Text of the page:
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July 13, 2006


A Scanner Darkly

A Scanner Darkly

"This is a world getting progressively worse. Can we not agree on that?"

Robert Downey, Jr.'s character says this at the start of Linklater's A Scanner Darkly in a failed attempt to help his wigging-out addict friend calm down. It's true--everything is pretty bad in the movie's world: the drugs, the dealers, the cops trying to bust dealers, the rehab clinics, the drug industry, the government. Life is mostly disorientation, paranoia, and manipulation, death is just the recounting of your sins. And like all the best dark movies, this one's both sad and funny.

The cast is great: Keanu can handle roles in which he is confused by multiple identities and realities pretty well (like in The Matrix); Robert Downey, Jr. is hilarious as always and steals a lot of the crazy circular drug talk scenes. Rory Cochrane as Freck has some perfect moments during a long suicide consideration scene; Woody Harrelson almost rivals Matthew McConaughey in stoner freakjob excellence. And this is definitely the best thing Winona Ryder has done since Heathers.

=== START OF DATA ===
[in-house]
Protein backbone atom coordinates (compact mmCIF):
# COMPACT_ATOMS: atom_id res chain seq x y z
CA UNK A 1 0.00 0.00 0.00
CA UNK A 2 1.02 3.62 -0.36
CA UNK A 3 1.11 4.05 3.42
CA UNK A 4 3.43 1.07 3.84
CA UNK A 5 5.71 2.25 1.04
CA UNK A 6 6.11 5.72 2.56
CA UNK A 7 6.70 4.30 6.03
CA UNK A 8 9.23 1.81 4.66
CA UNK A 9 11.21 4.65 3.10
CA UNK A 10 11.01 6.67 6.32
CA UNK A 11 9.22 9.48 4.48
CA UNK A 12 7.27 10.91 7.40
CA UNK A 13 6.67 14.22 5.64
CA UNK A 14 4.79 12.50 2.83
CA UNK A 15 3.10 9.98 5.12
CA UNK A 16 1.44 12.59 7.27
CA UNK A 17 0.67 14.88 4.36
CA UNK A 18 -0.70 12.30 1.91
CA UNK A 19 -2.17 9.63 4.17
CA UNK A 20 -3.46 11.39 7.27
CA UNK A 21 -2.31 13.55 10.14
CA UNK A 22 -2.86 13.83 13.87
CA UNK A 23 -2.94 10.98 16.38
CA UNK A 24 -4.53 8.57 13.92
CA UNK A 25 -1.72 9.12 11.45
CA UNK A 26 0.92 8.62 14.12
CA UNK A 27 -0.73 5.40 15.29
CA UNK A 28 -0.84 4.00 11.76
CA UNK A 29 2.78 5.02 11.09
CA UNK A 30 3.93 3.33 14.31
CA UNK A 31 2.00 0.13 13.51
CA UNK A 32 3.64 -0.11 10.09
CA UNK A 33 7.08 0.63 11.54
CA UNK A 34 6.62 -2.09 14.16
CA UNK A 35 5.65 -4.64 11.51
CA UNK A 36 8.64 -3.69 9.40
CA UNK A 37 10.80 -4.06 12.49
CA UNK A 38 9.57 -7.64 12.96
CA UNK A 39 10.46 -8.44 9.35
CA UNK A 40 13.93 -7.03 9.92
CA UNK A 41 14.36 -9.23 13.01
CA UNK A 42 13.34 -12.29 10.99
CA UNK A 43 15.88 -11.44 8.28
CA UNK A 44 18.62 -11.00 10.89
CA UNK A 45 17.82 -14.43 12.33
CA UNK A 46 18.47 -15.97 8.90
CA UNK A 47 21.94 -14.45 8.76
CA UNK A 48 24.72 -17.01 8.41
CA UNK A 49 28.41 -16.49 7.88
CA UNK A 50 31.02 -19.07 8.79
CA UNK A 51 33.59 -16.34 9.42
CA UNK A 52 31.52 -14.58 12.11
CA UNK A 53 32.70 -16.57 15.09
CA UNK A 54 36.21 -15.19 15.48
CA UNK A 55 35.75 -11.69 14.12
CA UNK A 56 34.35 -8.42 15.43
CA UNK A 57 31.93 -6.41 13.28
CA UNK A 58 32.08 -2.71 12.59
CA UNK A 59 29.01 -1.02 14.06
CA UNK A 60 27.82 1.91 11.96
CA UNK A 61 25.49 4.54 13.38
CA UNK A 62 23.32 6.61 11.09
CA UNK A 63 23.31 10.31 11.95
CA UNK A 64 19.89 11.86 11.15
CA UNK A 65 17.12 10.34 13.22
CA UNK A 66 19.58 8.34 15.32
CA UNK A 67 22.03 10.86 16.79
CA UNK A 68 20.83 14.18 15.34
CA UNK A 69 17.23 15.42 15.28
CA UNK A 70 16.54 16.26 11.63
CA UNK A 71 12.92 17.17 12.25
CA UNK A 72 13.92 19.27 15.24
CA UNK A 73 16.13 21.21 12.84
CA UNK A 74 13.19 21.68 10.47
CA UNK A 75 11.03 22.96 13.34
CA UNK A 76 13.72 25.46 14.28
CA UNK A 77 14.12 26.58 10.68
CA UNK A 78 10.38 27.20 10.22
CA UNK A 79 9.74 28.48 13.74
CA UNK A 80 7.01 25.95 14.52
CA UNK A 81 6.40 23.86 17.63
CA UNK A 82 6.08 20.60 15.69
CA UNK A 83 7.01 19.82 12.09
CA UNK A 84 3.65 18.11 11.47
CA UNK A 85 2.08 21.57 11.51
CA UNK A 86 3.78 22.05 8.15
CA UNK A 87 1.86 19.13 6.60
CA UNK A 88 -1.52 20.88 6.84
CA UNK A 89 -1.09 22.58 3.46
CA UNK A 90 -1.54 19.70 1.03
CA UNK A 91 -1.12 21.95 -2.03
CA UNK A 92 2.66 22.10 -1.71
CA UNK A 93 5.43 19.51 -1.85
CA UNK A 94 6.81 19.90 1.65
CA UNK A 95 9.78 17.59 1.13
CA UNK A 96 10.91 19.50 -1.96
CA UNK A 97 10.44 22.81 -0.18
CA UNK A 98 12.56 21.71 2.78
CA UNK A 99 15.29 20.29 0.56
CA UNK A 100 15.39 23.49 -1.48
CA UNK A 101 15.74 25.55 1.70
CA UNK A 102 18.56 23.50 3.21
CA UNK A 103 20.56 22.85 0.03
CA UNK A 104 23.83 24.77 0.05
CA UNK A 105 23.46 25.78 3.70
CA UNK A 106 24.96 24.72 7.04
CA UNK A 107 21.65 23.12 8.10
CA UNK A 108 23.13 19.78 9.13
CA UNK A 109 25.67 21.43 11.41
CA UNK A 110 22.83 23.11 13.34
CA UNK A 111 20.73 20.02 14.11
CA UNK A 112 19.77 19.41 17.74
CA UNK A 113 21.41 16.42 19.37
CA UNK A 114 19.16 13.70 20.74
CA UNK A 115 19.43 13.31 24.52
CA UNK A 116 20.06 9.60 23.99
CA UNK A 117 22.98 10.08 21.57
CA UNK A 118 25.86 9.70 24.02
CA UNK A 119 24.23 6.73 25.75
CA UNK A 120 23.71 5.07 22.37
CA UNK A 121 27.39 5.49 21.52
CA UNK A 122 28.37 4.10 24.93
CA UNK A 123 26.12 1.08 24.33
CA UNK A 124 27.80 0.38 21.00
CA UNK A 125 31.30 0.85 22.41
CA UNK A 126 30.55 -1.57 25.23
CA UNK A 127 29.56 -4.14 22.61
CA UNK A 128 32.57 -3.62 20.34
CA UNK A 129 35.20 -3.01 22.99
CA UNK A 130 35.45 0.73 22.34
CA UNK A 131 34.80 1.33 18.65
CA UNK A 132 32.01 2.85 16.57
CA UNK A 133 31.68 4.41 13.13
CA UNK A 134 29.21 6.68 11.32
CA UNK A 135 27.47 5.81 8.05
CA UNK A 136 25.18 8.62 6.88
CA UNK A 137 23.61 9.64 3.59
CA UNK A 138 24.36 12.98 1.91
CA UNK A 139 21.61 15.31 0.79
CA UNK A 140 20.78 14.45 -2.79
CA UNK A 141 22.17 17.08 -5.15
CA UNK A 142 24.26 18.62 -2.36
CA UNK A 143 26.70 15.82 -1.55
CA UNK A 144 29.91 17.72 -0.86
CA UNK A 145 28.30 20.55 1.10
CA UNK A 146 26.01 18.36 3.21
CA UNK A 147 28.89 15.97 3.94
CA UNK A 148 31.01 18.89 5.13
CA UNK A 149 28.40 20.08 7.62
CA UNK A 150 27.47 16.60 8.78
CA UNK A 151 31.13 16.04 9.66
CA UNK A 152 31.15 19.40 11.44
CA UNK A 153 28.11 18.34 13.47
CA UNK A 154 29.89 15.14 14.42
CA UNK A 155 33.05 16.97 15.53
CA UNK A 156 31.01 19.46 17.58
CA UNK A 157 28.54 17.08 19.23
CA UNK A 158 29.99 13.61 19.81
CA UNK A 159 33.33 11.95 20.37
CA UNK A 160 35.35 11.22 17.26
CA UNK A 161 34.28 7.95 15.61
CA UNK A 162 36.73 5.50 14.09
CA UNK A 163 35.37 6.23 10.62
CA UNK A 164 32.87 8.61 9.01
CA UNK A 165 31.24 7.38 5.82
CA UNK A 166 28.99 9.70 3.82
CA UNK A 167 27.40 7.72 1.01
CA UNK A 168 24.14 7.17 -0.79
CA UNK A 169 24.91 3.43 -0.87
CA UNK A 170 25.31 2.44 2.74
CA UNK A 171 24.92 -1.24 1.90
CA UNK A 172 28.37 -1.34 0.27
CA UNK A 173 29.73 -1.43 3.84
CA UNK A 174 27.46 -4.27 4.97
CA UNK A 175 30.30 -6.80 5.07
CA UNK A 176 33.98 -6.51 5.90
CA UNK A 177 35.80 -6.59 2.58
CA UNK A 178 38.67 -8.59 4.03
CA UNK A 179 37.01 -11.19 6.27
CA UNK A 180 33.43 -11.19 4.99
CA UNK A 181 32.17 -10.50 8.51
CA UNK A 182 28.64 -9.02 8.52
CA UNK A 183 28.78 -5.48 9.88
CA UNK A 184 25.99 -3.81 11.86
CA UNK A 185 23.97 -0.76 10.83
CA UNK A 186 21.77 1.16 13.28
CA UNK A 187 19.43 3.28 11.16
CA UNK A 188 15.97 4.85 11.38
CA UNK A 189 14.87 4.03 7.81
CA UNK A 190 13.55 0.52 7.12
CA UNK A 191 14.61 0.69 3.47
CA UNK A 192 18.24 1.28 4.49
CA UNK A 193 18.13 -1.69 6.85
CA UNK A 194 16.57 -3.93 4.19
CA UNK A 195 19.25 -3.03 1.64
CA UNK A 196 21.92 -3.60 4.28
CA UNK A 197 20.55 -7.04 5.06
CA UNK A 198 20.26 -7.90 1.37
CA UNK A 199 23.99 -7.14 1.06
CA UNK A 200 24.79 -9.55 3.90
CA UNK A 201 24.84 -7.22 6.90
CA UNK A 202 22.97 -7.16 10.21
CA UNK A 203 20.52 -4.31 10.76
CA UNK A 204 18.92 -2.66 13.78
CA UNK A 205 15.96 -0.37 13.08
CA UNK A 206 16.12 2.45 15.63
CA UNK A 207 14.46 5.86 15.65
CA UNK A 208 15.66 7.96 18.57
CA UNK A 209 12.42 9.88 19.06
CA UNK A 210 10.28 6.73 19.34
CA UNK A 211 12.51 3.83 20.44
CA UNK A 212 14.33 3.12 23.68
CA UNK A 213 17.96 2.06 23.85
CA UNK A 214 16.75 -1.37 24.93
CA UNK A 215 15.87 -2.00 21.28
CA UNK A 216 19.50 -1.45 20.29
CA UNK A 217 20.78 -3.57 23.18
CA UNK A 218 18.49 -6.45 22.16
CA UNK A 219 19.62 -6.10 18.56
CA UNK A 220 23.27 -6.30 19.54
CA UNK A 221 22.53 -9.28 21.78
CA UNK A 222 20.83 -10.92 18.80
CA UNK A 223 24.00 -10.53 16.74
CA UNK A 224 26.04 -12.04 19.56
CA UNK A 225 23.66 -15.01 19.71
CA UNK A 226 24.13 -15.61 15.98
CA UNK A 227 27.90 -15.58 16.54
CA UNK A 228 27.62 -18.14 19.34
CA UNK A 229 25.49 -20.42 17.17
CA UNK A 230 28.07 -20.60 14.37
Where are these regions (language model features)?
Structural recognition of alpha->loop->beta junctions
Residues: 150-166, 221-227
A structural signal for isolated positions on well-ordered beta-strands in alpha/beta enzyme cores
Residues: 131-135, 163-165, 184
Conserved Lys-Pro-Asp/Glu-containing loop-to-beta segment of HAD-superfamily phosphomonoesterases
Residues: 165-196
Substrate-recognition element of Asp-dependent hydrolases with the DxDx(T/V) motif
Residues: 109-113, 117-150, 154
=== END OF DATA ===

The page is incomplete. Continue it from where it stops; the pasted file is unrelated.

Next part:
The rotoscoping animation technique allows for some cool visuals (the scramble suit), but in general I found it unnecessary. Weirdly shifting objects that sort of undulate on the screen certainly make the movie look trippier than if it were live action, so maybe that's its main purpose.

I haven't read the book, but my understanding is that it's one of Philip K. Dick's most thematically autobiographical novels, and that the movie sticks closely to it. Dick wrote in an author's note to the book, "I myself? I am not a character in this novel, I am the novel."

The elaborate official site for the movie is surveillance-oriented, it's cool. Also, Charlie Kaufman wrote a screenplay for A Scanner Darkly in 1997, here's a review and a link to his script.

categories: Movies
posted by amy at 12:36 PM | #

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